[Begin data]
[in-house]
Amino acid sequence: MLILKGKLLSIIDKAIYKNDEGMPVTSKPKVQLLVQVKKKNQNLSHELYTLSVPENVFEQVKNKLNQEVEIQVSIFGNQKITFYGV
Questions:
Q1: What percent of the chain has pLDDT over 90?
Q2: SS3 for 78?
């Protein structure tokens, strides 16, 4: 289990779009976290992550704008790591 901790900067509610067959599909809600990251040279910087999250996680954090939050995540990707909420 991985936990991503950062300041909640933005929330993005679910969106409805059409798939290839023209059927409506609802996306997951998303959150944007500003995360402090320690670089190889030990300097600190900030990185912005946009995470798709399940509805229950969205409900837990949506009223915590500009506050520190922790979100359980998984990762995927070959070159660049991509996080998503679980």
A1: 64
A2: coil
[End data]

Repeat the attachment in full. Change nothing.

[in-house]
Amino acid sequence: MLILKGKLLSIIDKAIYKNDEGMPVTSKPKVQLLVQVKKKNQNLSHELYTLSVPENVFEQVKNKLNQEVEIQVSIFGNQKITFYGV
Questions:
Q1: What percent of the chain has pLDDT over 90?
Q2: SS3 for 78?
């Protein structure tokens, strides 16, 4: 289990779009976290992550704008790591 901790900067509610067959599909809600990251040279910087999250996680954090939050995540990707909420 991985936990991503950062300041909640933005929330993005679910969106409805059409798939290839023209059927409506609802996306997951998303959150944007500003995360402090320690670089190889030990300097600190900030990185912005946009995470798709399940509805229950969205409900837990949506009223915590500009506050520190922790979100359980998984990762995927070959070159660049991509996080998503679980």
A1: 64
A2: coil